Karanda Mission Hospital

25 04 2012

“You and I have something in common” said the 70ish lady as she left the nursery yesterday.

“Yes we do, but my problem is only going to get worse, yours is going to improve” I replied, looking at the stitches on her right ankle and the walking stick. “What did you have done there?”

“Oh, I broke my ankle so when the time came to have the pins out I didn’t have the money to have it done here so went up to Karanda Mission Hospital near Mt Darwin to have it done” she continued.

I was incredulous. I’d never heard of this particular hospital. “So how was it?” I enquired.

“Very good. The surgeon was an American doctor, the operating theatre was top-notch, and the nurses were wonderful. But I didn’t stay long. Once I’d come around from the anaesthetic they asked me if I could walk and that was it – I hobbled over to the car and left!” she replied.

I wondered if this was where Austin’s eldest son, Mike, did some 6 months attachment at when he was seeing if he wanted to do medicine.

“Yes, it was” said Austin when I asked him at the gym today. “Everyone has heard of Karanda! They are quite inspirational to put it mildly. The doctor Stephens who runs it has been there since its inception, some 50 years. I did 2 months there a while ago and it was an amazing experience. They are what we’d call the archetype GMO, or Government Medical Officer. They can do everything and I’m not exaggerating. We started one day with ophthalmology, then a gynae procedure, neurosurgery and gastro surgery. They can do hip replacements too. Stephens is in his early 80s, still works a full day and I struggle to keep up with him physically. During the war years he said he would treat anyone who was injured, regardless of who they were. This did not go down well with the Rhodesians so it suited them when things got really hot and the road was mined. They said they could no longer guarantee his safety so he got a pilot’s licence and flew in and out when he needed to! Amazing dedication!”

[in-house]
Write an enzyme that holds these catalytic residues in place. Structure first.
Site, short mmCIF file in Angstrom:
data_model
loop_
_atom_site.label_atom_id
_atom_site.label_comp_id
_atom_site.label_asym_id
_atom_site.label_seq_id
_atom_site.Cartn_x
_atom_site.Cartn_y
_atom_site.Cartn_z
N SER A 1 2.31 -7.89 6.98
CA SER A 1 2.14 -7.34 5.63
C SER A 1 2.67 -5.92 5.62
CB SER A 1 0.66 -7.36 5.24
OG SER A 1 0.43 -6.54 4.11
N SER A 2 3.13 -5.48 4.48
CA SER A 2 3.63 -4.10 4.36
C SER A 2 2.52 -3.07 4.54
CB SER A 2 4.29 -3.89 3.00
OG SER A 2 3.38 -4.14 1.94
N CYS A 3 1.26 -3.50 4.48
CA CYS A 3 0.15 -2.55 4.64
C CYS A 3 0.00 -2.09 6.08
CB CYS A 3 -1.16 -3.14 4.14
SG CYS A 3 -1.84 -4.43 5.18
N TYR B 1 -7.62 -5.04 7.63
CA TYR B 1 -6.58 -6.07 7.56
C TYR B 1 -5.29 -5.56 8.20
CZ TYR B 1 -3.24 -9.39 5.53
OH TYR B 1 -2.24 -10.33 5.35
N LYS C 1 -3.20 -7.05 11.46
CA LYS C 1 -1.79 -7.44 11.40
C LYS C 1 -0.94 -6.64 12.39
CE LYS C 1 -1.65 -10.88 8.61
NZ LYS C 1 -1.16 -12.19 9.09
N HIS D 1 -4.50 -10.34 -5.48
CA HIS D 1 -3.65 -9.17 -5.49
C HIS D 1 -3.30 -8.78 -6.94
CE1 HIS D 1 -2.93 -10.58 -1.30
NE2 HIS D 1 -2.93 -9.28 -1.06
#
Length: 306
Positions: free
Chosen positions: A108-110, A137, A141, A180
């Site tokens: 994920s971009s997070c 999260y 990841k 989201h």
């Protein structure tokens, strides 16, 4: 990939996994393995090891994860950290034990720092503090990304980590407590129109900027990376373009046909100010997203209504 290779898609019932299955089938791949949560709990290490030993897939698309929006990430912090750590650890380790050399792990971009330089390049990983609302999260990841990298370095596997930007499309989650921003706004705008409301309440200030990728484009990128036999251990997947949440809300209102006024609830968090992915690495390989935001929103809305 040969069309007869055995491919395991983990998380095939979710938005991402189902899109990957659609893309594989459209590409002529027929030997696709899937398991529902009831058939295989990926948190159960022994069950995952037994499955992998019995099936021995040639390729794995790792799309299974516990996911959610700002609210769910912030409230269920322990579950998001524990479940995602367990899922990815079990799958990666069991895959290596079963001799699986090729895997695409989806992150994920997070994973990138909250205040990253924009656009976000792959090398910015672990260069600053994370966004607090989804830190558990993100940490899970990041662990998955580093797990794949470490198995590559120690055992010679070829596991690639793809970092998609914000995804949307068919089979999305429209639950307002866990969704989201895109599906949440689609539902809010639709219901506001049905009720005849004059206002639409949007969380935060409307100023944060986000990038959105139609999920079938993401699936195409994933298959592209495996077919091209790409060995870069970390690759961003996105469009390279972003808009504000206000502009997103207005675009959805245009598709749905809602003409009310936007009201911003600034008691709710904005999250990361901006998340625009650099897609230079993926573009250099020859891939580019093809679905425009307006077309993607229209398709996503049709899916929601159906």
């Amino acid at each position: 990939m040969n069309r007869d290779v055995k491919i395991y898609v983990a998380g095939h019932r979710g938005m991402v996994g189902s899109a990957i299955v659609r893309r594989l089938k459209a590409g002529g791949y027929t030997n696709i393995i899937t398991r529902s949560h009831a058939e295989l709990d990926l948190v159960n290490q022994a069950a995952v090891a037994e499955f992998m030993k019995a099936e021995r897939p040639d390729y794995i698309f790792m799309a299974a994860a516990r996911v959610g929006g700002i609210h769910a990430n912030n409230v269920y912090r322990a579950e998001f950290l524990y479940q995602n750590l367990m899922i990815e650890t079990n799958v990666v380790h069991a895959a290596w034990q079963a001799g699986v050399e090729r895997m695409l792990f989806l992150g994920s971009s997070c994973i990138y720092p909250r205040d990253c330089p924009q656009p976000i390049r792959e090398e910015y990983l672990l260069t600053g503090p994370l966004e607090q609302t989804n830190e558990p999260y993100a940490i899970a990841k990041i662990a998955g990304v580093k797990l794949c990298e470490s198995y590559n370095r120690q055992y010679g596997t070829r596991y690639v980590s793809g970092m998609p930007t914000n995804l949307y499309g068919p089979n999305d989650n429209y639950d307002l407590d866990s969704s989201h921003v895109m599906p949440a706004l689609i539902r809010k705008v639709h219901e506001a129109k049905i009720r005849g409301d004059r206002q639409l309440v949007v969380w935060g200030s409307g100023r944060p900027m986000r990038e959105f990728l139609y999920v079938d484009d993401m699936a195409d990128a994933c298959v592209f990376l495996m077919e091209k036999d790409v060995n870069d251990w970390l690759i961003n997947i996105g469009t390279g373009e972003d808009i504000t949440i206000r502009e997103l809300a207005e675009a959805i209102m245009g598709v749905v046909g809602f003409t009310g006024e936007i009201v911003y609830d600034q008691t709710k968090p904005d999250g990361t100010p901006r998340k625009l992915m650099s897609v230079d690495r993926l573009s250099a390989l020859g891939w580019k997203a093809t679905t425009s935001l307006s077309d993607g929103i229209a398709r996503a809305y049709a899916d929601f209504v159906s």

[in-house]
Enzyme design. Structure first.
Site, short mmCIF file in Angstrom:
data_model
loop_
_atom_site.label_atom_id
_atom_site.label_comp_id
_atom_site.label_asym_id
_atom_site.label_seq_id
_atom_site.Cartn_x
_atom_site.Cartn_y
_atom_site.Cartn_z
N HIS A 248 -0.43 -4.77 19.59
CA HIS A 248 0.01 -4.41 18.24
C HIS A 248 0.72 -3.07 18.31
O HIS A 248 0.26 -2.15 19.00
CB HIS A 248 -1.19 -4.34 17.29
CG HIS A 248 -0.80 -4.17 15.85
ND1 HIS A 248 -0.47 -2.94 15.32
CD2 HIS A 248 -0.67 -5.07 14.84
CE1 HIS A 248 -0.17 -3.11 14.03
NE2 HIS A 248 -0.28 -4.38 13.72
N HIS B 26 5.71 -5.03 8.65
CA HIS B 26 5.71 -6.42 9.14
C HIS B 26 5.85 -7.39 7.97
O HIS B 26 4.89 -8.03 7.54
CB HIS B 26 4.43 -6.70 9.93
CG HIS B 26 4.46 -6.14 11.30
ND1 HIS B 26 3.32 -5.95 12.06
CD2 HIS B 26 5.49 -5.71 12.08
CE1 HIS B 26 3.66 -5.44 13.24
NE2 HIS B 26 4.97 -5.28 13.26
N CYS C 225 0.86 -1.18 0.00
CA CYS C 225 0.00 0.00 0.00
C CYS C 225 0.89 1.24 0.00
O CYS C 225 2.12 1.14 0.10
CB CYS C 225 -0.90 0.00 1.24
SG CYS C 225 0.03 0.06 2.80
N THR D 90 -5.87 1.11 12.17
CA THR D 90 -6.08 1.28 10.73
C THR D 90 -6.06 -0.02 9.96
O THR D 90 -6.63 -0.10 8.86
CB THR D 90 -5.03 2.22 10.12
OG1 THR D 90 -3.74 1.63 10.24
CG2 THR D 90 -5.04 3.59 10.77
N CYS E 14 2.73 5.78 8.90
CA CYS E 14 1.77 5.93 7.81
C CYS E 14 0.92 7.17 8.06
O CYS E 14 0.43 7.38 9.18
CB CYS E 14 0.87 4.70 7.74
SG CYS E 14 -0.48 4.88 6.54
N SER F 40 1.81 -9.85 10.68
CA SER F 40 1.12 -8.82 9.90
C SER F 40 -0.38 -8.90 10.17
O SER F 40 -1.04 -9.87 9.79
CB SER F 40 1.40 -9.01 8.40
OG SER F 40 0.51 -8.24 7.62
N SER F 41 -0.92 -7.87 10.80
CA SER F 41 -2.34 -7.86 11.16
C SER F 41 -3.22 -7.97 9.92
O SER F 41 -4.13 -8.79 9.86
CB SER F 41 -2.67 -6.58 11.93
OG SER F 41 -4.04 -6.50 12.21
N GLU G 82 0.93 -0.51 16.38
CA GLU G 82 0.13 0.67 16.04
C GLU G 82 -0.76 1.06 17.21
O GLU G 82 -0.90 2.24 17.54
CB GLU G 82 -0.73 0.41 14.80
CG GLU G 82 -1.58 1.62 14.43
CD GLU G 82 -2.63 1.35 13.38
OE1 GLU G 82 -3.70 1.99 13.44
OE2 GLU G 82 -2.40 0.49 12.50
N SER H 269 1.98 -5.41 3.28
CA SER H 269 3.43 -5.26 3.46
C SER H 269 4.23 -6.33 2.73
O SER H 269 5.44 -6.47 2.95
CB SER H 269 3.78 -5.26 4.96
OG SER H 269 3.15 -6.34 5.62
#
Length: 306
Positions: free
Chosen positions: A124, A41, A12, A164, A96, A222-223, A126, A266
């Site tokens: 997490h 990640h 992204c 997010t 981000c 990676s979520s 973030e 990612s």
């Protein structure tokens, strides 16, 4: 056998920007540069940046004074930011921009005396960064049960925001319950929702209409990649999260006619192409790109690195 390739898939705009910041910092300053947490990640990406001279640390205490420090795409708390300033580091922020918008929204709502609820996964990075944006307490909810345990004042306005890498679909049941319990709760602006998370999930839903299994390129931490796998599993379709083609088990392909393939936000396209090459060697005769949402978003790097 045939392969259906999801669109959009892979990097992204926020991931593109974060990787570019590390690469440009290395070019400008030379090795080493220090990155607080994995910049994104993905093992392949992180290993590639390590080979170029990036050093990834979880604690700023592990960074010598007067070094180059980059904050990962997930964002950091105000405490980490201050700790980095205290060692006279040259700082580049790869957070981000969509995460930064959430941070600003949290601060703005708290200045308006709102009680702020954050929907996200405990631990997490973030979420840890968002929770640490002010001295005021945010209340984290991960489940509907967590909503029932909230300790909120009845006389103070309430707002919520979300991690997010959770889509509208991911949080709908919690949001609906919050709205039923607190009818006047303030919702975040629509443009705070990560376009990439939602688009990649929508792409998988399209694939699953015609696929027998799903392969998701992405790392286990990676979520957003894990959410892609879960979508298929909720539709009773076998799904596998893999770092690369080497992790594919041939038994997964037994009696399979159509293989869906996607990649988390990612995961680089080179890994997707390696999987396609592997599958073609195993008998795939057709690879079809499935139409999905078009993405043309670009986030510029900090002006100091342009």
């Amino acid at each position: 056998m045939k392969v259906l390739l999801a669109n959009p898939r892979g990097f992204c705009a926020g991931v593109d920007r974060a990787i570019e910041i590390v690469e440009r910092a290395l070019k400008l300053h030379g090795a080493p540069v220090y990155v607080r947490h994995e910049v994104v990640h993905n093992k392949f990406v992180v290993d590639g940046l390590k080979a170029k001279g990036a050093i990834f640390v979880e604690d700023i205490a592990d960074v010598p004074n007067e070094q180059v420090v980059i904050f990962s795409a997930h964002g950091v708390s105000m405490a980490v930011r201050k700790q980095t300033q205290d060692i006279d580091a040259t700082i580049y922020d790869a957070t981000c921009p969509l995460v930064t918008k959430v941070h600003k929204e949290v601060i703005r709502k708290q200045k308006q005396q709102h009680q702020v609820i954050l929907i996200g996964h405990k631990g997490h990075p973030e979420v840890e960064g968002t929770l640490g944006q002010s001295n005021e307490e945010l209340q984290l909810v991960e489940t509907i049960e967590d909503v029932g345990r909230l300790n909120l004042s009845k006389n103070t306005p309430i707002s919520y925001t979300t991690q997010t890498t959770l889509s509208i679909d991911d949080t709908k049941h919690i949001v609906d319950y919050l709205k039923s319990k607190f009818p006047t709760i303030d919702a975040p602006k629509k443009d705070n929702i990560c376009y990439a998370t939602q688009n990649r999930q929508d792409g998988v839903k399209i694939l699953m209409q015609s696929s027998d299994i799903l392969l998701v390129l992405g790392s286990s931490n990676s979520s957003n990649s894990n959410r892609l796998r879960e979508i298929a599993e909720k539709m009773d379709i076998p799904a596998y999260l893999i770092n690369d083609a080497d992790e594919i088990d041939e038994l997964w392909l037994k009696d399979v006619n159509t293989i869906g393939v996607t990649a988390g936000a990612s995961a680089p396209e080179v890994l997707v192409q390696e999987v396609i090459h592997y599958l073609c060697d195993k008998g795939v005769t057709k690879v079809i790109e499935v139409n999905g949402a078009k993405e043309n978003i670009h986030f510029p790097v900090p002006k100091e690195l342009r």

I mentioned the elderly lady I’d chatted to and how impressed she’d been with the equipment and she’d seen a whole lot of crates of new equipment being unpacked on the verandah. “I’m glad to hear that” Austin commented. “They went through a bad patch in the Zim dollar days. At one stage they were referring only 5% of cases back to Harare but now the traffic is the other way for those who either cannot afford treatment here or simply cannot get it done at the local government hospitals. It doesn’t say much for our local hospitals” he continued, warming to his subject. “If I had my time again it’s the sort of place I’d like to work for a couple of years just for the fulfilment. In all the time that he’s been there Stephens has only been away for something like 5 weeks! There are some other hospitals like it around the country. Morgenster near Masvingo is staffed by German doctors.”

I like to think that I live in awe of no-one. I have no desire to meet Bad Pitt, Angelina Jolie or have a conversation with Richard Dawkins but I do admire some. Roger Federer is the most amazing athlete I have watched and I am looking forward to watching the gymnasts at the Olympics perform mind-defying displays. The people I really admire though, are the likes of MSF, the ICRC and the doctors at Karanda Hospital, whom with little or no fanfare (the latter do have a website), just get on with their work with the utmost dedication. I am sure they are not well paid but I would think they have all the reward they desire. This is my small contribution to recognizing them!





Remembering Tina

19 08 2008

Most people associate the Olympics with a sports extravaganza, often hyped (I really don’t want to hear any more about Michael Phelp’s 8 gold medals) to the extreme. I associate it with the death of Tina, Jenni’s sister by a different litter. In the short year that I had her she became my shadow, my best friend, my team mate. An extraordinary dog, she was the dog of a lifetime; the one that I’d been waiting for without knowing it. She was not as good looking as Jenni. In fact she had no ridge (as in ridgeback) though I liked to tell people that it just ran the other way. Her ears were too big and her tail was too long but she made up for it all in sheer joie de vivre. She was the first dog I had that was protective of me and she was just irrepressible. Extremely naughty without a hint of malice she kept me on my toes and entertained. Then in a moment of carelessness that will haunt me forever, I drove over her and she died before I could get to tell her that I did not mean to hurt her. She was all of a year old. It was also the day that Kirsty Coventry, a Zimbabwean swimmer, won her first gold medal – four years ago today.